How Creative AV Design Keeps Your Audiences Engaged
Have you ever been in the back row of a general session and seen scores of laptop screens flash back at you? Not with enthusiastic note-taking- but with online shopping carts, muted golf games, and the occasional personality quiz to see which sandwich your zodiac sign would be. At Tallen, we’ve seen it all and have been in the audio-visual industry long enough to know creative AV design is essential to engaging an audience. Let’s explore how our creative department combines scenic design and AV equipment to produce an unforgettable experience.
To execute an outstanding event, you must have an accurate understanding of the venue’s capacity. Sometimes this can be difficult because many event spaces provide blueprints of meeting rooms that don’t account for the things that will take up square footage. Therefore important factors such as maximum occupancy are imprecise and hinder planning.
At Tallen, we anticipate and solve this issue ahead of time by providing 3D rendering flythroughs of final designs at the actual venue. These simulations let the clients see exactly what the conference spaces will look like with our staging, scenic design, and AV equipment. Since the rendering replicates the venue, our clients can trust that all elements and seating layouts will work.
Set the Stage With Scenic AV Design
The main point of any industry event or conference is to communicate a message. By collaborating with your marketing team, we can create experiences that reinforce that message without ever saying a word. Below are examples of how we’ve represented key ideas through tangible elements.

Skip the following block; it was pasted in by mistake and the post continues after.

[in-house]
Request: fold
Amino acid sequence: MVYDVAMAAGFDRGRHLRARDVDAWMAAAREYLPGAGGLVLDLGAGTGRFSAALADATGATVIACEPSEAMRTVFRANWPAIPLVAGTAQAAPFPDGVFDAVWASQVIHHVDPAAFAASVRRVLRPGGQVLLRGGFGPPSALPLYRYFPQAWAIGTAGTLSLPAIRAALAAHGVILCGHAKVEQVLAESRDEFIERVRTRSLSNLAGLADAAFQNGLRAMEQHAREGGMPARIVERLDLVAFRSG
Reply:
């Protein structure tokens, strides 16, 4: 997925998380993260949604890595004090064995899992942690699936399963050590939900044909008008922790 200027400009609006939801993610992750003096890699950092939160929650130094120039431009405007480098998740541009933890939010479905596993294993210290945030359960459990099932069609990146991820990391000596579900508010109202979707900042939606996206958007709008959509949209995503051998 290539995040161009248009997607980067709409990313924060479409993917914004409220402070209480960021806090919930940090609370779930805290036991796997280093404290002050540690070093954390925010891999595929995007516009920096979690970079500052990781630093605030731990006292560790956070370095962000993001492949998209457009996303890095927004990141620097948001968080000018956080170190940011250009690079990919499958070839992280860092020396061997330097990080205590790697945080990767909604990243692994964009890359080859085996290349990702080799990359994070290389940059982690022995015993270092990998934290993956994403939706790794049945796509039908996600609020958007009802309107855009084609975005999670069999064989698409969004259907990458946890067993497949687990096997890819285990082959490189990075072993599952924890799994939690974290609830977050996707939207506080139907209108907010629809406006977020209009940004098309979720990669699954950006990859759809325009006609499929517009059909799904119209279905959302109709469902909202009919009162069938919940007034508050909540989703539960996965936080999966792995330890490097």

Create Immersive Environments
One way AV and scenic staging can engage attendees is by finding immersion opportunities. For example, at an AMEX event in Barcelona, the client wanted to convey the concept of welcoming the new businesses they’d acquired into their corporate family and emphasize inclusivity over assimilation.
With the family theme in mind, we started scenic designs in the foyer, where attendees found a living room lounge area with a rug, sofa, and comfy armchairs gathered around a crackling fireplace. The entrance to the main ballroom was designed to look like the front yard of a house, with a branded roofing structure built over the door, welcome mats, and decorative plants. Inside, the main stage had been set up to look like a backyard stone patio, complete with outdoor furniture, hedges, and trees.
By expanding the scenic design to the venue’s common areas, we reiterated the message of inclusion. Meanwhile, physicalizing the scene allowed the audience to interact with it and process the meaning on a deeper level.
Extend the Stage Using AV Design and Equipment
Another method of immersing the audience is to enhance the viewing experience by extending the stage. In large venues, this is especially important, and we often project real-time IMAG footage onto modular back paneling or overhead delay screens so everyone has the best seat in the house, no matter where they are.
Sometimes the issue is not the size of the room but the dimensions. Take, for instance, an event we produced for Boeing: The room was long and narrow with a low ceiling, resulting in a significant distance between the stage and most of the audience. To compensate for that experiential gap, we rigged LED tiles to ceiling trusses so they formed horizontal columns that started at the stage and hovered over the audience for a skylight effect. Then, we used the tiles to display footage of a Boeing jet flying overhead, enhancing the viewer experience and making the room feel more expansive.
As AV industry veterans, we prioritize sharing the client’s message. At the same time, we appreciate the dramatic payoff of slick audio-visuals. Our challenge and pleasure are finding unexpected ways to use the latter to accomplish the former, as we did for Boeing.